As I shared last week, I am in a four person show at the Fitton Center for Creative Arts in Hamilton, Ohio.
This show, called fiber, is a creative exploration of what is fiber and color, and furthermore, what do four very different approaches to fiber and color look like together?
I decided that while many of you won’t be able to see the show, I can bring the show to you.
I shared Jonpaul Smith’s work last week in this blog post.
Today, I’d like to share Dorothy McGuinness’s work. As residents of the northwest, Dorothy and I have previously shown our work together in the Bellevue Arts Museum’s Biennial High Fiber Diet. Dorothy’s work is beautiful, complex, and unusual–every time I see her work, I am amazed at the twists and turns of the shapes. How does she do that?
For this post, I’ve used some images I took of the actual show along with some professionally photographed images and Dorothy’s own words about her work. Here we go.
After 27 years of exploring the woven form, I have mastered the art of diagonal twill, with which I create forms and structures not normally found in the basketry world.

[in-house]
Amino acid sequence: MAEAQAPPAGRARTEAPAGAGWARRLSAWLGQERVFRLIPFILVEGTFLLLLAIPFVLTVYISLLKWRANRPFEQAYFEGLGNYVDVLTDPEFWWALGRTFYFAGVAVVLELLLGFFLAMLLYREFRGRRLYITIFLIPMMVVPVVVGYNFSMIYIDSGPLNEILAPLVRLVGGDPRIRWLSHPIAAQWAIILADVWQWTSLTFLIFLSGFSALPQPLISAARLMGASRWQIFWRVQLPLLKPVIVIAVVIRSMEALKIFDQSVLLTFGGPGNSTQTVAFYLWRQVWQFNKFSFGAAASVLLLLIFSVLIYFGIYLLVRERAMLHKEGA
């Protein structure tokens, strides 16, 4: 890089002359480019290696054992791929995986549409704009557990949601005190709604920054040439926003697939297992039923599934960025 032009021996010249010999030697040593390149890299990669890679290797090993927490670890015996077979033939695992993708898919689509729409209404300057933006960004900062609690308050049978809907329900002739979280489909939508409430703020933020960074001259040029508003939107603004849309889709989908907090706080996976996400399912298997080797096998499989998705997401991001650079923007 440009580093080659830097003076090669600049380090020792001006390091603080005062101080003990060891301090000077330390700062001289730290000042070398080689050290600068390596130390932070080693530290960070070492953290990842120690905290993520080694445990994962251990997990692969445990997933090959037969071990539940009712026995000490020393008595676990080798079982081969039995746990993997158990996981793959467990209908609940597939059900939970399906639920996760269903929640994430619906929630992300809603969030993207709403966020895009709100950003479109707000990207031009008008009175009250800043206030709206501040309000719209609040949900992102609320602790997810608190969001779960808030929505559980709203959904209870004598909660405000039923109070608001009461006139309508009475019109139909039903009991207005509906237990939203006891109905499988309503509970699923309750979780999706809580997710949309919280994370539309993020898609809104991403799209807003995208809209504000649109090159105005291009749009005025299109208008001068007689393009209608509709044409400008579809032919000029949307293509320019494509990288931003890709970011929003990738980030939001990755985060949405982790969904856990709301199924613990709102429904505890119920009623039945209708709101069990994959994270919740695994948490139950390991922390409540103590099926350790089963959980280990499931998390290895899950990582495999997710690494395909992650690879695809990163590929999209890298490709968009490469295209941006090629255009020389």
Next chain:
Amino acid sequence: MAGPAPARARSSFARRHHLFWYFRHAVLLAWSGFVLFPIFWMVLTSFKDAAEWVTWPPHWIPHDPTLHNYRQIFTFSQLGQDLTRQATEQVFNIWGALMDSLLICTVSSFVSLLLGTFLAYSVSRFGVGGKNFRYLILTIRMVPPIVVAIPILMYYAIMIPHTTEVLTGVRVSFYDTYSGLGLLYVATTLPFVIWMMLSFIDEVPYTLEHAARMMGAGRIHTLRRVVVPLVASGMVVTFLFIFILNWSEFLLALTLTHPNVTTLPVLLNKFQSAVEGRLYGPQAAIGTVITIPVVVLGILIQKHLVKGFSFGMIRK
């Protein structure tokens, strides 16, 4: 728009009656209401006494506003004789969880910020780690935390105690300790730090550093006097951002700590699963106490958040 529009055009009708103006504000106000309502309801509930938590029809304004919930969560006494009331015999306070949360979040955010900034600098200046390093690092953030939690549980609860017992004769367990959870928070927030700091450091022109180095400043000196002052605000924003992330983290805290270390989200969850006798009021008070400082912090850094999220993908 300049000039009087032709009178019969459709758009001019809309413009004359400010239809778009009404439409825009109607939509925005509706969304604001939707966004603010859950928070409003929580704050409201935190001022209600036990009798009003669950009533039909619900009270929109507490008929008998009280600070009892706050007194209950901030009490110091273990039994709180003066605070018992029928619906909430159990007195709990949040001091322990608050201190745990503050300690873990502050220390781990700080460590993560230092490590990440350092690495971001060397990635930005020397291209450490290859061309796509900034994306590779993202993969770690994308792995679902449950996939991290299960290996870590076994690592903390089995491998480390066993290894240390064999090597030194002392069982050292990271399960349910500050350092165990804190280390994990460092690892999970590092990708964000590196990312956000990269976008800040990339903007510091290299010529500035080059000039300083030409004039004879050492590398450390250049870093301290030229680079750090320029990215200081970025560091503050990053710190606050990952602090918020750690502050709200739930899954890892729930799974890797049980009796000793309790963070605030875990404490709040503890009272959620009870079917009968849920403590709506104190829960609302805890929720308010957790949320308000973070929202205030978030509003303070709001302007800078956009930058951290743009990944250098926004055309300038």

My medium for this unique work is watercolor paper, which I’ve painted and cut into very narrow uniform strips to achieve the precision I seek.
Approaching my work as a puzzle drives me to discover new shapes and weaving innovations. I often think, “How will it work out if I try this, or how can I get this shape or pattern combination? What if I use these colors in this combination in this order? What if…”
I am also very much interested in the math and geometric constraints of the work.
Using hundreds of strips of paper at a time, I explore new structural forms: multiple woven units, asymmetrical corners, weaving opposite corners together, multiple-stepped corners in tandem that add structure to the work.
This creates a singular look to the pieces, building unique and intriguing forms that are encoded with energy and elegance. I am intrigued by the potential outcome of any new design.
The evolution of my body of work is built on taking risks, and avoiding the “known”. The risks offer challenges, which often lead to new directions.
This is the excitement that keeps me working in a repetitive medium: it is an on-going meditation on improvisation, a continual experiment through which my work can progress and develop.
Dorothy’s final words really resonate with me. Weaving and quilting are both repetitive/ process based art forms. It is the within that repetition that the new can emerge. Isn’t that lovely?
If you would like to experience more of these beautifully colored, exotically shaped weavings, you can by visiting Dorothy’s website.
Tomorrow, the wildly imaginative work of Christine Sauer.
Unique and very interesting!She has to have the patience of a saint!
I agree Sue. Dorothy’s work is so surprising–how does she get paper to do that?